Unfortunately, the current government hasn't been able to form a clear policy on Ukrainian, Russian or other languages. Our current prime minister [Yanukovych] writes with mistakes in both Russian and Ukrainian. But on the eve of every election, Ukrainian politicians begin to exploit the language issue. Leonid Kuchma used this slogan when he was running for president in 1994: "I'll make Russian the second official state language." So what? Who remembers this promise now?

As for my view on this, I always emphasize that in a democratic state there should be created the conditions for development of various cultural traditions, and this includes the use of different languages. Citizens of any European country are fluent in three or four languages, and we are still being overly dramatic trying to decide in which language we should communicate - in Russian or in Ukrainian? As a result, we speak Russian with mistakes and need a dictionary to speak Ukrainian.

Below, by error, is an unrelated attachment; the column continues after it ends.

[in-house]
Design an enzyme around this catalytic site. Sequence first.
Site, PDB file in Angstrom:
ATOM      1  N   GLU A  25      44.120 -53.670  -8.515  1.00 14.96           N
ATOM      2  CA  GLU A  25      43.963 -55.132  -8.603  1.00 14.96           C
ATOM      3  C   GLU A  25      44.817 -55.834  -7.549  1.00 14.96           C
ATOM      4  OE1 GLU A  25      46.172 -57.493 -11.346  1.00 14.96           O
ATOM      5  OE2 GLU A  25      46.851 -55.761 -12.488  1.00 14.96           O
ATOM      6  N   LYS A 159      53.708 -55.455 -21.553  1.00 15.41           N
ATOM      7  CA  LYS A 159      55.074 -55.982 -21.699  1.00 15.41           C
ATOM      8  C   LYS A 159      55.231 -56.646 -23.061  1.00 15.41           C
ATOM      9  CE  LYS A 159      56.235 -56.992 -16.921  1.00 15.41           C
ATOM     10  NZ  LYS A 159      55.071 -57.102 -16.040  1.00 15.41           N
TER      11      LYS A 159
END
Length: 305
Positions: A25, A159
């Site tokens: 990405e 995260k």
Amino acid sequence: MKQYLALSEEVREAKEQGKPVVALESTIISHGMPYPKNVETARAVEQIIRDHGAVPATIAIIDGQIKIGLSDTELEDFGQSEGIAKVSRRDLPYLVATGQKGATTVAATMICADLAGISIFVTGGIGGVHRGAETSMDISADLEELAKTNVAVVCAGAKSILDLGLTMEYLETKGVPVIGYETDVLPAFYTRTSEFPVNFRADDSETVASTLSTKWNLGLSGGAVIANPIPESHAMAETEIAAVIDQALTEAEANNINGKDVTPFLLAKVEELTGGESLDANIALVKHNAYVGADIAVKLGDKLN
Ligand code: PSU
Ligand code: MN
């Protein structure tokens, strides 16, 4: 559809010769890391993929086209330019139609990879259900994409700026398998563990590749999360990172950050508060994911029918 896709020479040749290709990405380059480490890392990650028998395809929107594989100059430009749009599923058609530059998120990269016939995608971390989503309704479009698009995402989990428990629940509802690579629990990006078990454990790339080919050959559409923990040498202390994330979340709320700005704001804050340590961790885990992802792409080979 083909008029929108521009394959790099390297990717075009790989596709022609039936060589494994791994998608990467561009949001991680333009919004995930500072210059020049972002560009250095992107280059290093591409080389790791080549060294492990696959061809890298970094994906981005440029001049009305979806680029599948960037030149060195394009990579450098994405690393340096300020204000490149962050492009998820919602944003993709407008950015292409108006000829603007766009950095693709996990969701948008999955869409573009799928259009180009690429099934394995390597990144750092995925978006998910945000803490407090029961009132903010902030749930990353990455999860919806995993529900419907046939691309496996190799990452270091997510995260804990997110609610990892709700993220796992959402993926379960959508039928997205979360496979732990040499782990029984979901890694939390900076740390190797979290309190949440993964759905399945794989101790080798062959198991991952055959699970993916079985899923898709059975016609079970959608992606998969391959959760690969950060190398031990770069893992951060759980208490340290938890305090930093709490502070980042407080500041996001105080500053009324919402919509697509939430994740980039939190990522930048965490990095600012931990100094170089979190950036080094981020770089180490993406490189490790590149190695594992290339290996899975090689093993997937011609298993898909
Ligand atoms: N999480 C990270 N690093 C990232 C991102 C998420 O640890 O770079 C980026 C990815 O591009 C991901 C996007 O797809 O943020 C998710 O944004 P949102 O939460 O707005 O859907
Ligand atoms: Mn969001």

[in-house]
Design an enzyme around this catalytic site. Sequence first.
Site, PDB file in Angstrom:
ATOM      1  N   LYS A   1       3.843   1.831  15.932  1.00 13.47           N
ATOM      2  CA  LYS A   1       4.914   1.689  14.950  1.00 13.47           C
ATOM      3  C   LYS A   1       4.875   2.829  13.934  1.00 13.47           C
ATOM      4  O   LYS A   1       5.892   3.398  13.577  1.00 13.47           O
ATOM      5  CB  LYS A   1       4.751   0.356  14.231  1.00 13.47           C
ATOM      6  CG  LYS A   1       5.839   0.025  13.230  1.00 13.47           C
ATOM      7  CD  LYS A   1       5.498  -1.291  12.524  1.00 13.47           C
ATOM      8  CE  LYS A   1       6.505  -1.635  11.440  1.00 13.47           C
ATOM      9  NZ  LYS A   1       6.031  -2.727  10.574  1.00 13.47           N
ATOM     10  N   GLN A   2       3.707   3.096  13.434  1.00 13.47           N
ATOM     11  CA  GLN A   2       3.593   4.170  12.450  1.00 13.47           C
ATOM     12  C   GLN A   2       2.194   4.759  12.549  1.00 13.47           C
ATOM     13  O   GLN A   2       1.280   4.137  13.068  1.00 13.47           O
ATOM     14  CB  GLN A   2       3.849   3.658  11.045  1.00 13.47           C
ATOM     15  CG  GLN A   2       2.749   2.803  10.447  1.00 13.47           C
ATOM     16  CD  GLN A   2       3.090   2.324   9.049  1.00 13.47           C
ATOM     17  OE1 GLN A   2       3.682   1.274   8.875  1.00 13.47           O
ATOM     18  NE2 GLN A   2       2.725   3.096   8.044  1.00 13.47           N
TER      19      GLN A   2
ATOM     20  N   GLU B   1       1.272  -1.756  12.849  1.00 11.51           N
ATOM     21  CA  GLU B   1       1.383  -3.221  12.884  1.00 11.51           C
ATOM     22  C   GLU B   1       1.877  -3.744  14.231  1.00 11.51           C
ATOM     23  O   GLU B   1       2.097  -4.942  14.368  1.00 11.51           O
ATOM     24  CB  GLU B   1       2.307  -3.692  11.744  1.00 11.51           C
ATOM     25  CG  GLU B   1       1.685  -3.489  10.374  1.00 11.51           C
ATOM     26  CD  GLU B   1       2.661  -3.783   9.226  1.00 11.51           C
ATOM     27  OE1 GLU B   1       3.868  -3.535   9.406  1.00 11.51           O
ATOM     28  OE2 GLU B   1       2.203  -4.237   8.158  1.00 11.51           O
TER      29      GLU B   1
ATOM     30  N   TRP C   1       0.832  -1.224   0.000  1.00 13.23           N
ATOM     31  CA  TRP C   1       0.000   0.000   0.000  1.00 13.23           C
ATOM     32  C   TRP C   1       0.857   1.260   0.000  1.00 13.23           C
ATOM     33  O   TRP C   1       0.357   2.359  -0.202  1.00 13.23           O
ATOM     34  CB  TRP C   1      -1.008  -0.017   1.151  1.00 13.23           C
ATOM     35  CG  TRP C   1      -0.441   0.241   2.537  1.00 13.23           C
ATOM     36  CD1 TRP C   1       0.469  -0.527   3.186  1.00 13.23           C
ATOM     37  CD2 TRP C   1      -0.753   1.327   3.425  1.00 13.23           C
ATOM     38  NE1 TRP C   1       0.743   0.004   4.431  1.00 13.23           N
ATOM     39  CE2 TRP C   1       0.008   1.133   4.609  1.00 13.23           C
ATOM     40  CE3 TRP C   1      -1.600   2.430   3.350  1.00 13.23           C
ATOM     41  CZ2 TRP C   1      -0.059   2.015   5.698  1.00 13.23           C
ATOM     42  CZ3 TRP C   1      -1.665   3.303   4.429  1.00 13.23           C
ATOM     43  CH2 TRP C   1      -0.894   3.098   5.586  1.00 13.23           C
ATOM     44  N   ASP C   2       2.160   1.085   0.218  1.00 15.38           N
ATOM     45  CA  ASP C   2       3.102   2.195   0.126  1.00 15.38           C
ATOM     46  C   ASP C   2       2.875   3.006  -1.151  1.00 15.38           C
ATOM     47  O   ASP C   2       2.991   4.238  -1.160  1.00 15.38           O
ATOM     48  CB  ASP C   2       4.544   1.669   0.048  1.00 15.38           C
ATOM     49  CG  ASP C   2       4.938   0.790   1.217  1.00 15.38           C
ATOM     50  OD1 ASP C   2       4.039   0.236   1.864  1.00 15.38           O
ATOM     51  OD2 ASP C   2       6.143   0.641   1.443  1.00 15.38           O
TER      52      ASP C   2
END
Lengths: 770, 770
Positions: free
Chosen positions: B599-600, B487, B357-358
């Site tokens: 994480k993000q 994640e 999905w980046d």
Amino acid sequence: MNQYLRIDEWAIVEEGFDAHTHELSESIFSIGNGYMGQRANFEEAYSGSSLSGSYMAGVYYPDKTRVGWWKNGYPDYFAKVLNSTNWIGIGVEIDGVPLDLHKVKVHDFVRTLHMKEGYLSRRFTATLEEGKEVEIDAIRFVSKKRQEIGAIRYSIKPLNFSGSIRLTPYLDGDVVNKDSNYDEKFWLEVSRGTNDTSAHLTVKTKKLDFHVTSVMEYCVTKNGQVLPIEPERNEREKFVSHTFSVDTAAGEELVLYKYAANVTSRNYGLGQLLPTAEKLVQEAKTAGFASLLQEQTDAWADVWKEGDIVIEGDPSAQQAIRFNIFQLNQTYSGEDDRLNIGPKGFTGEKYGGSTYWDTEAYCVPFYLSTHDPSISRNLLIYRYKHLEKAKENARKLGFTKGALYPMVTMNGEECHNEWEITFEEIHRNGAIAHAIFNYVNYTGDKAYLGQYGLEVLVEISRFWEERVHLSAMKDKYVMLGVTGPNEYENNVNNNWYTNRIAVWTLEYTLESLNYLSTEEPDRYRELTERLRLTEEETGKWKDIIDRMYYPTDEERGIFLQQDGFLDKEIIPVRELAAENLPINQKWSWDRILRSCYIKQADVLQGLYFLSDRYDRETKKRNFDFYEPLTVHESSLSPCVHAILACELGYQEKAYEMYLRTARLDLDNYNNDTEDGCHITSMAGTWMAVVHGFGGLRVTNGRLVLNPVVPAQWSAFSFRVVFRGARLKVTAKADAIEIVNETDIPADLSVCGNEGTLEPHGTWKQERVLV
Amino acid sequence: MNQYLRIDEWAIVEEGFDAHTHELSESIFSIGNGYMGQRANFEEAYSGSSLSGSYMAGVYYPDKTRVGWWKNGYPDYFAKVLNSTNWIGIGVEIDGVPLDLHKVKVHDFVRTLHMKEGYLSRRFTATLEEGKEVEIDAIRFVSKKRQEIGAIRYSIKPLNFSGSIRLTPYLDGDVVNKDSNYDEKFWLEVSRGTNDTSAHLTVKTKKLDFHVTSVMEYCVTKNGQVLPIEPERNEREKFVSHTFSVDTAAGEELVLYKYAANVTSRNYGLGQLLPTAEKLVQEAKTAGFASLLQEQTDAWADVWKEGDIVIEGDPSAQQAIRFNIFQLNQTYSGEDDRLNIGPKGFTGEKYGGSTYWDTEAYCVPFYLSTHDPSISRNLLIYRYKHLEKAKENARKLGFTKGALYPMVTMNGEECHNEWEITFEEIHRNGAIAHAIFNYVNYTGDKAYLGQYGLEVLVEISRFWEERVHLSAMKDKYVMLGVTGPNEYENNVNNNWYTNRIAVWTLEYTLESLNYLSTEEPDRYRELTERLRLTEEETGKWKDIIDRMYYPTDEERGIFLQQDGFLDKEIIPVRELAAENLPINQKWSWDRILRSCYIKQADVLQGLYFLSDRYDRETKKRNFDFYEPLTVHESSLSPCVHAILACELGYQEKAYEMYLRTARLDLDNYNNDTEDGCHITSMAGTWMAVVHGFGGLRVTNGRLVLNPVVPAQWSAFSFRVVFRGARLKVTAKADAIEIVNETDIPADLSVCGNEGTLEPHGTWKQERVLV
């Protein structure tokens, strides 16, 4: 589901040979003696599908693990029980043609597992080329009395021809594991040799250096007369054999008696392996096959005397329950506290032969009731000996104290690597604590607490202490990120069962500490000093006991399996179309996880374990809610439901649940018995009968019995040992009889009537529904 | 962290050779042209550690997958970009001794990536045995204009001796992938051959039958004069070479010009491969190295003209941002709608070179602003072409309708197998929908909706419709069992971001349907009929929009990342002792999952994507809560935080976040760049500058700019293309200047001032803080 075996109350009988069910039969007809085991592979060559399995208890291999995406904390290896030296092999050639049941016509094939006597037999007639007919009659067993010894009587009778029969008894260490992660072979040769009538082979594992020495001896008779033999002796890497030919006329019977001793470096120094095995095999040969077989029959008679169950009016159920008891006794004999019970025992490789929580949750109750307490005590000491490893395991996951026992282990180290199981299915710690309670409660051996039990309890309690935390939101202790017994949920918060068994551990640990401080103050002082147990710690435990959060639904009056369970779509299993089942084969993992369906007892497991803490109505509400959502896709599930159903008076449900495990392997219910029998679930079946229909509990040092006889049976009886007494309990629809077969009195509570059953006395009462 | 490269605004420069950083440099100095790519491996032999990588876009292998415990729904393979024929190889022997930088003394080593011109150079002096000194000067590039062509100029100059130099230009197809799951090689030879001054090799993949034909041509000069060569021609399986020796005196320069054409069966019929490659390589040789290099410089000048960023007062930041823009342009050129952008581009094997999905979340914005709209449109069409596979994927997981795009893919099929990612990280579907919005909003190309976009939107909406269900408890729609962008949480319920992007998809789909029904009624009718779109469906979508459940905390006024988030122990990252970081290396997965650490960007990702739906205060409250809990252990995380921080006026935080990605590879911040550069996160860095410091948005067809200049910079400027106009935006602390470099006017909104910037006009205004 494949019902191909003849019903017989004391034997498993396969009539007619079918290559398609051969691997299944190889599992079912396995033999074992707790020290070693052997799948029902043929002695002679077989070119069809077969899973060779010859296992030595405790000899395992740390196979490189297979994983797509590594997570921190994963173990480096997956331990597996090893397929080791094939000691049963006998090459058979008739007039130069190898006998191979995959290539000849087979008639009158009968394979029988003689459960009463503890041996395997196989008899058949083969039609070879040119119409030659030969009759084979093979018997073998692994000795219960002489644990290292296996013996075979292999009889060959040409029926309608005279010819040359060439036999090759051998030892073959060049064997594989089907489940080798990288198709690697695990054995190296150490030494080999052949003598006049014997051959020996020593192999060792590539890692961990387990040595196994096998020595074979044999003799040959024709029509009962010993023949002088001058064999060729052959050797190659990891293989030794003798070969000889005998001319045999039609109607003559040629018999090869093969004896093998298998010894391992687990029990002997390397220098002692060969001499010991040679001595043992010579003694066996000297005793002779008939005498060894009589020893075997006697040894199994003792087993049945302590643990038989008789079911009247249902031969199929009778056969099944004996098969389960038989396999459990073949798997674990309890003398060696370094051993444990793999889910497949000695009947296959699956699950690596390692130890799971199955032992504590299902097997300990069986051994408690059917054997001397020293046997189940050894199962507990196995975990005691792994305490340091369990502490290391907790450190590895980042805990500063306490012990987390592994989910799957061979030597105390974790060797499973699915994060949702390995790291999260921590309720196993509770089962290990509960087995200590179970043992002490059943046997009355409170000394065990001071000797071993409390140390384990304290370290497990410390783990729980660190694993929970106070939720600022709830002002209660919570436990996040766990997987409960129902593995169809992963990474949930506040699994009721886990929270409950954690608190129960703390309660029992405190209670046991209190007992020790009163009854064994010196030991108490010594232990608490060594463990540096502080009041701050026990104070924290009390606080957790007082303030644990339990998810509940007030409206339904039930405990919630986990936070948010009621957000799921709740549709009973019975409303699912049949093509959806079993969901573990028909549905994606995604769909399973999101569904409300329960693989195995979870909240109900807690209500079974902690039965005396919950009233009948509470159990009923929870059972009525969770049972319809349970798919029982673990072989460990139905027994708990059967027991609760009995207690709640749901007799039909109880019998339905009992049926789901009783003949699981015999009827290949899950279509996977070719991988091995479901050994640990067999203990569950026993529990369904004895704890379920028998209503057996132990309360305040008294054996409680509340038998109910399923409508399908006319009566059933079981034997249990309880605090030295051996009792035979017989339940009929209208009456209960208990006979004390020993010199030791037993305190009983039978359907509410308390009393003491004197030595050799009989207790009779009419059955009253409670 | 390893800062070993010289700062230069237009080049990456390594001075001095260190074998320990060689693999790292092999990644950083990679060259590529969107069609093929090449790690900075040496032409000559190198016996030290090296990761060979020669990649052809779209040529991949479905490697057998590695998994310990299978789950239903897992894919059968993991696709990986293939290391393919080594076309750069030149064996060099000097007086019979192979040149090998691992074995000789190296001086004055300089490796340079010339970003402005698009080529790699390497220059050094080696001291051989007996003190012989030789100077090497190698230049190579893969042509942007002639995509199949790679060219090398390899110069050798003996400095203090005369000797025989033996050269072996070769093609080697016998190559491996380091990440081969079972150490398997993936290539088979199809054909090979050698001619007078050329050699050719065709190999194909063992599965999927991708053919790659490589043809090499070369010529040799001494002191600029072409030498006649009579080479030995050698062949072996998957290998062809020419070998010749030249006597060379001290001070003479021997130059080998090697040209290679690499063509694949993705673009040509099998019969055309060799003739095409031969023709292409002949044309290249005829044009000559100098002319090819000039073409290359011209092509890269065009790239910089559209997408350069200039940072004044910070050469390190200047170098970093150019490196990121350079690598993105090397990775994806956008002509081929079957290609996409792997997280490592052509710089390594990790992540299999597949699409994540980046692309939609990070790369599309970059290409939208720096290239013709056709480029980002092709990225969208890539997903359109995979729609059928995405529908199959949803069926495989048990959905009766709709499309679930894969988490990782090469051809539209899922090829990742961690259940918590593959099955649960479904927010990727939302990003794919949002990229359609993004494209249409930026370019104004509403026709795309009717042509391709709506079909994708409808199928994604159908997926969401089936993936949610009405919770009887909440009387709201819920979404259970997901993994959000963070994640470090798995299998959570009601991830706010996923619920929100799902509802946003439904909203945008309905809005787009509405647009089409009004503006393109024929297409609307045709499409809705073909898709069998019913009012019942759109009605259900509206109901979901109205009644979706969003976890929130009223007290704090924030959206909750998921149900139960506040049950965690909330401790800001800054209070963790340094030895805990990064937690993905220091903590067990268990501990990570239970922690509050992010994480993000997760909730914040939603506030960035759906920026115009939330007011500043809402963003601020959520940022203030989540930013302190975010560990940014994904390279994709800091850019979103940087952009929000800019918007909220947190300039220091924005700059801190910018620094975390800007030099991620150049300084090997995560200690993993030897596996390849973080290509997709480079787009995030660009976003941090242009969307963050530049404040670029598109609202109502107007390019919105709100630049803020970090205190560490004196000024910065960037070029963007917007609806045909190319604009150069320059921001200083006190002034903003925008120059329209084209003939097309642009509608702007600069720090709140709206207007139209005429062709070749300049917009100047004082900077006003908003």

Yushchenko's Ukrainian isn't perfect, by the way, and I've only noticed it at the big rally Nov. 6 (before that, I hadn't bothered to pay attention). Or perhaps the Ukrainian language that Yushchenko speaks is typical of someone who was raised in Eastern Ukraine, not Lviv (he keeps reminding us that he was born in a village 40 km from the Russian border, as close as it gets). The thing is, everyone understands both Ukrainian and Russian in this country, and most people speak either language with regional accents.